“At its core, 5G will enable ultra-low latency gameplay, which means gamers on the network will get in-game movement with much less lag,” says Nagy. That’s because Verizon 5G Ultra Wideband operates on the millimeter wave spectrum, which allows massive amounts of data to be passed back and forth at extremely high speeds. This type of network isn’t subject to the same speed and bandwidth limitations of previous generations of cellular networks, which have struggled with latency and lag when data traffic is congested. Verizon holds the most amount of mmWave spectrum among its competitors, and the velocity and capacity of its 5G network will be able to help facilitate everything from mobile VR/AR gaming to real-time multiplayer mobile gaming. That’s a transformative edge that has the potential to help professional squad’s like Garrido’s.
“We’re pro players. We have to prepare for a tournament. So every possible minute connected is super-important for us,” says Garrido. “So if we can use 5G connectivity when we’re traveling, we can use our time more wisely, we can be extra prepared.”
According to Nagy, there might even be a chance for Garrido’s team to compete in a professional tournament powered by a 5G network. He points to an activation Verizon created for a football game in Miami earlier this year, where they deployed 5G infrastructure at the city’s Bayfront Park and provided high-speed, low-latency connections to Verizon users with 5G-ready phones. “That’s a place where, if you wanted to have a tournament, you can conceivably host a tournament because 5G speeds will be competitive with home broadband,” Nagy says. “You can just play over a cellular network.”
Gaming to connect
The evolution of esports into a pursuit that rivals traditional pro sports in its preparation has created whole new areas of research, focused on sports psychology and human-computer interactions. Kaitlyn Roose, director of esports at Michigan Technological University, who’s competed in college and amateur leagues for Overwatch, League of Legends, and Heroes of the Storm, has been investigating how competitive gamers make snap decisions and how coaches can help them improve those critical decision-making skills. Roose, also a former collegiate softball and rugby player, asks esports athletes about crucial moments that might have tilted the balance of a match or why they made a specific decision at an important juncture based on the information available — much in the same way coaches talk to football or basketball stars.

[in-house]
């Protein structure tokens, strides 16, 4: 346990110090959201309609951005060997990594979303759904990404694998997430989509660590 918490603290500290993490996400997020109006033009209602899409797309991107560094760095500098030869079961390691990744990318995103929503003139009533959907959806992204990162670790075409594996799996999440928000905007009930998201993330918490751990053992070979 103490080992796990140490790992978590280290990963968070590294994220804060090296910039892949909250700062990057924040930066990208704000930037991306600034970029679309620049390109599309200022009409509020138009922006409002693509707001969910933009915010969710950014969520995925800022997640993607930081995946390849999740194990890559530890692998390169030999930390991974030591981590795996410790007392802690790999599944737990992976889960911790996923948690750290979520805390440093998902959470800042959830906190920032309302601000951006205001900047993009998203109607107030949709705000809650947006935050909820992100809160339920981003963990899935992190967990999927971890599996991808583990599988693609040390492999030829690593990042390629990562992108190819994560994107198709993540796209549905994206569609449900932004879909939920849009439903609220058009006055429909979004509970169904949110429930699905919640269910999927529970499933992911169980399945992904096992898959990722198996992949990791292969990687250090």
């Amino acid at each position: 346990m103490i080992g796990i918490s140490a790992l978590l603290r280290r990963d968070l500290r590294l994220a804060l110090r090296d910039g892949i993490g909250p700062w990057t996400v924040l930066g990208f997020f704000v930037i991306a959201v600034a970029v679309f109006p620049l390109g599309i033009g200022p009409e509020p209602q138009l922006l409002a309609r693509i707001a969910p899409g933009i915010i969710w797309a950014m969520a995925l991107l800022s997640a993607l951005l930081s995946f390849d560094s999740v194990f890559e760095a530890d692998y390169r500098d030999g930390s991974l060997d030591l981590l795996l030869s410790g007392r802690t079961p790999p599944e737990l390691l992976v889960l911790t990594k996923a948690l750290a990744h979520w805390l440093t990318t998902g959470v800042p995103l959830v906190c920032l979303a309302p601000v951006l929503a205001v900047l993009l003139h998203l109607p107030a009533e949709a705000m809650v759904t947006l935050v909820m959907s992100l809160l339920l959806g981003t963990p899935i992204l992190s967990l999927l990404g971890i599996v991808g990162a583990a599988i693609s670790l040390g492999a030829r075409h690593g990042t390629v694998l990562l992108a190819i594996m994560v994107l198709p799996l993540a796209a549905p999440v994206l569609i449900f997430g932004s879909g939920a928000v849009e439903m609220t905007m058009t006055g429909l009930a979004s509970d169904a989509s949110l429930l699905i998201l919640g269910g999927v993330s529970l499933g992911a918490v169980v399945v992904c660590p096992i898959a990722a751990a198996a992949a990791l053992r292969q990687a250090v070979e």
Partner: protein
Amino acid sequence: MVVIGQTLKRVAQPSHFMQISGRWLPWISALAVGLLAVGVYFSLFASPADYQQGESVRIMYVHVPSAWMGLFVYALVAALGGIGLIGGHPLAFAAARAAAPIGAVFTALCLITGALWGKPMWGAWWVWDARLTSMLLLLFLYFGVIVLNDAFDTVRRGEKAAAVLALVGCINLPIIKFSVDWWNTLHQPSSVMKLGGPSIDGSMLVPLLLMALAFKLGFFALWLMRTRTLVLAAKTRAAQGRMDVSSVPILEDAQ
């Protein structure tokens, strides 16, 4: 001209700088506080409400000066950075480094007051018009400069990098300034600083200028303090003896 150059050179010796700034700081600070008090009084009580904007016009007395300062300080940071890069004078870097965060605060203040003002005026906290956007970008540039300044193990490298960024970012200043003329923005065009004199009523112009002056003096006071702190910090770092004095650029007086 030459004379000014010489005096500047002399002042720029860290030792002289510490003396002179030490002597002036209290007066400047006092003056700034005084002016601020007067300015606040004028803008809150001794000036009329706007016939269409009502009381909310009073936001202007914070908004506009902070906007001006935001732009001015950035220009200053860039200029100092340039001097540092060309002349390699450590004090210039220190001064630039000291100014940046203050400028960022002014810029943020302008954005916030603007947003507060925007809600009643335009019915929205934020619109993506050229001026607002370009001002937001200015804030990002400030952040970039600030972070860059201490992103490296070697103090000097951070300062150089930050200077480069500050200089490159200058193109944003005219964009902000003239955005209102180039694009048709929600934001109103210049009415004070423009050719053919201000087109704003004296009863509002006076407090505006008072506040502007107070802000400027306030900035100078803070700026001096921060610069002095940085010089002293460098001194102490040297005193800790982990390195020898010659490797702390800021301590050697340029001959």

“It’s the same reason a baseball player watches tape of themselves hitting,” Roose says. “Esports players have very little time to make a crucial decision, so they need to see how they’re reacting and adapt. People think gaming is very brain-off, that it’s just hands and fingers going. But it’s quite the opposite.” Needless to say, ultra-low latency can make all the difference.
Gaming is both a cerebral and emotional equation for Roose, which is why she says a certain generation of gamers has such strong place associations with certain games. For many who are starting to game now, though, that association has become more fluid and mobile-driven. Roose believes that the mobile gaming revolution thanks to high-quality 5G has the chance to democratize gaming through increasing access to low-latency, high-speed networks. “If someone has access to a 5G connection, they’re able to still get involved and be a part of that gaming community,” Roose says. “It’s all about saying that if you want to be part of this sphere or want this experience, you can have it.”
Community has been on Garrido’s mind, as well. She’s discovered that livestreaming her gaming sessions has been something of a de-stressor during her downtime — whenever and wherever she can find it. “Sometimes I livestream while waiting at an airport or at my hotels,” she says. “It’s like a comfort food for me. I’m able to just relax and connect with my fans.” With 5G, Garrido can take that community to more places with her, whether she’s traveling to a professional tournament with her Dignitas crew or booting up an old copy of GoldenEye, ready to relive her memories.
Learn more about Verizon 5G here.